Aging populations are the most significant factor in population change in MEDCs. How valid is this view? (30) Throughout the world, MEDCs face the issue of an aging population and population change. This is due to the stage in which that county is according to the demographic transition model which indicates that as birth rates decline and death rate remain stagnant, an aging population is created. In the UK for example the baby boom of the 1950s due to increased confidence and the feeling...

Aging, Birth rate, Demographic economics 944  Words | 3  Pages

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Patterns of Savings and Investment in India

Causes for Low Productivity of Indian Agriculture The causes for low productivity of Indian agriculture can be divided into 3 broad categories, namely, (1) General factors, (2) Institutional factors and (3) Technological factors. 1. General Factors (a) Overcrowding in Agriculture: The increasing pressure of population on land is an important demographic factor responsible for low yield in agriculture. The area of cultivated land per cultivator has declined from 0.43 hectare in 1901 to 0.23 hectare...

Agricultural science, Agriculture, Arable land 1644  Words | 6  Pages

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Population Growth

WHY MALTHUS WAS WRONG Over the past 10 years, Indian population has risen by 220 million people, reaching an estimated 1,22 billion in 2012. The effects of this population increase are evident in the increasing poverty, unemployment, air and water pollution, shortage of food, health resources and educational resources. With India as an example we will discuss Malthus, the population growth theory and see if Malthus theory was maybe mistaken in the past but has some valid aspects today. Thomas...

Demography, Economics, Famine 1013  Words | 3  Pages

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Population Explosion in India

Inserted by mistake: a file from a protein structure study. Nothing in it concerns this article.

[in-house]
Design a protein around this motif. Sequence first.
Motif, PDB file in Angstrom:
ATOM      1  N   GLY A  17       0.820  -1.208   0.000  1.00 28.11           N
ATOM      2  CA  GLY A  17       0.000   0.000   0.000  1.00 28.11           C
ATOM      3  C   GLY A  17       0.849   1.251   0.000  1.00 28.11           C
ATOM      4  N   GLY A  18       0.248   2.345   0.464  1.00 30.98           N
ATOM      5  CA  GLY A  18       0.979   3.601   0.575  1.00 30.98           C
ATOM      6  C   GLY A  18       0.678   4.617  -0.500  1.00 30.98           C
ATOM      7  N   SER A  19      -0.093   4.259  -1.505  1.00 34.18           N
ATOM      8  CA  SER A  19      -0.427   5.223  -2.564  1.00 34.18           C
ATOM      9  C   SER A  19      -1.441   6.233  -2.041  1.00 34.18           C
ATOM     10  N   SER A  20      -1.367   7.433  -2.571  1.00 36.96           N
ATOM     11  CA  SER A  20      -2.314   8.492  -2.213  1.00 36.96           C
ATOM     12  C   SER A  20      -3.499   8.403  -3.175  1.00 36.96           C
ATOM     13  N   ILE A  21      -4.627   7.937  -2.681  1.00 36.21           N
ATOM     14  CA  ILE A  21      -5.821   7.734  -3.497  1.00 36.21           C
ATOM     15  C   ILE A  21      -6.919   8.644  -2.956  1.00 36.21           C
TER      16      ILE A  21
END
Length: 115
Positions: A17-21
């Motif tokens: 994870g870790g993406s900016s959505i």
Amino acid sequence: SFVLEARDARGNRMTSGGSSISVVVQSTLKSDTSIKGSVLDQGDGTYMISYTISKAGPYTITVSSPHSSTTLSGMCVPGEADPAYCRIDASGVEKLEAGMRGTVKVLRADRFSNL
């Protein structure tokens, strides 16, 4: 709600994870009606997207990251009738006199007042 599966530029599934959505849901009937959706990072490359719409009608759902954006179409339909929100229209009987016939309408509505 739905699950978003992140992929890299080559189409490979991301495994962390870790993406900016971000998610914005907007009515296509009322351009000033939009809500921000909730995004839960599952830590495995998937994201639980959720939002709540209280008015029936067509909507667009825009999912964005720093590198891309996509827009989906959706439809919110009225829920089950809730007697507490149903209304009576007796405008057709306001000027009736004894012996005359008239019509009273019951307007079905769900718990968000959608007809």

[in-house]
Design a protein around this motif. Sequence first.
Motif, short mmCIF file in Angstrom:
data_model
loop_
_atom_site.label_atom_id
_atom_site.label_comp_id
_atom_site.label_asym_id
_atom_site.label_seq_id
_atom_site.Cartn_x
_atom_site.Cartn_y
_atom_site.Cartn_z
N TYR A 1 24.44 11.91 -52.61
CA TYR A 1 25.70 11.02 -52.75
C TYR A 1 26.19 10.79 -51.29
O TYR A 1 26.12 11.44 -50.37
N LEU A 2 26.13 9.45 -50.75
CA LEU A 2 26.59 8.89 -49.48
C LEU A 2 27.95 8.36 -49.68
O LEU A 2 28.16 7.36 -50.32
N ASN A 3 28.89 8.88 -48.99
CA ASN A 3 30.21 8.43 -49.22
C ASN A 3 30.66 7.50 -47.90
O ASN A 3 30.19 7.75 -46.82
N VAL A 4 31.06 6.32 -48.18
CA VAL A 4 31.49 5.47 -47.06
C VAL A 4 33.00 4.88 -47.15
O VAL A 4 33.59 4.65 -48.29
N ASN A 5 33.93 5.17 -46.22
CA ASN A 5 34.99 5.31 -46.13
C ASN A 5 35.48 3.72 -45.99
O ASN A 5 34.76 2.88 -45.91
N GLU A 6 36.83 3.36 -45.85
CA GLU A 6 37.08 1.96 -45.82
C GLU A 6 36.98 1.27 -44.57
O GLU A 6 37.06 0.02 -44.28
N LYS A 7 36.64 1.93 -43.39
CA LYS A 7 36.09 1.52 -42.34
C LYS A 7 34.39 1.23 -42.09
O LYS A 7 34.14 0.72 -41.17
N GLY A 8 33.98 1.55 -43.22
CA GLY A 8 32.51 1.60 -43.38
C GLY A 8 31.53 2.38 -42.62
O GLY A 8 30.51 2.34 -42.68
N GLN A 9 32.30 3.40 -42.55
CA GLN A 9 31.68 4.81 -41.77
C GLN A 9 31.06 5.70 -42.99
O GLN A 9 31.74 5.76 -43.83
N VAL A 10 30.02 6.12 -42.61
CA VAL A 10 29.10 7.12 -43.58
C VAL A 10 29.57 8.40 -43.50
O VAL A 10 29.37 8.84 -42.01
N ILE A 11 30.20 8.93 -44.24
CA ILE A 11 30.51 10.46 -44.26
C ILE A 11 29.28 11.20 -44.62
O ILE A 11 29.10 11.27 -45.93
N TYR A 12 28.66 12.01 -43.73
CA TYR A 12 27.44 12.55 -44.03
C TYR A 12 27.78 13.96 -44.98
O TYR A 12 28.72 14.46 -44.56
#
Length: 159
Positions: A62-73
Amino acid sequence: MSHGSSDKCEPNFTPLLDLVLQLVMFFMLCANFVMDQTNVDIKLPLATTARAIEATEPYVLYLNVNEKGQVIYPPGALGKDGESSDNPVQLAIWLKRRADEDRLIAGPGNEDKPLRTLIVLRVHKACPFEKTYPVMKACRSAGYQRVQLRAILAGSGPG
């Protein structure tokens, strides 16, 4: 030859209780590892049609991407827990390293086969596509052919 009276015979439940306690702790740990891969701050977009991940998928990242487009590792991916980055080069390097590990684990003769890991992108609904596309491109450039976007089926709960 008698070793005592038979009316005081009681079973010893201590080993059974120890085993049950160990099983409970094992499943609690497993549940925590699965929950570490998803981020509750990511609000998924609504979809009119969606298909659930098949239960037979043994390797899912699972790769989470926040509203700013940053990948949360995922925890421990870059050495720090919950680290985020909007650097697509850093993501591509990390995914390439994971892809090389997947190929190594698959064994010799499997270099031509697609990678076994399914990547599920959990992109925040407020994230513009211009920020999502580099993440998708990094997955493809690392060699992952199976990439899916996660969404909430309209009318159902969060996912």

INTRODUCTION: Is population explosion a boon or a curse? For the European developed countries like Spain and Italy, where the population is decreasing, this might be considered as a boon. However, for the developing countries like India, population explosion is a curse and is damaging to the development of the country and it’s society. The developing countries already facing a lack in their resources, and with the rapidly increasing population, the resources available per person are reduced...

Demographic economics, Demography, Life expectancy 4911  Words | 13  Pages

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The main cause of environmental degradation is the size of the human population.

Fast population growth and global environmental transformation is two subjects that have received considerable public thought over the past several decades. Population boost become a global public policy issue during the mind twentieth century as mortality declines in many developing nations were not matched with reductions in fertility resulting in unprecedented growth rates. Since Population size is naturally linked to the environment as a result of individual resource needs as well as individual...

Agriculture, Demography, Green Revolution 1875  Words | 7  Pages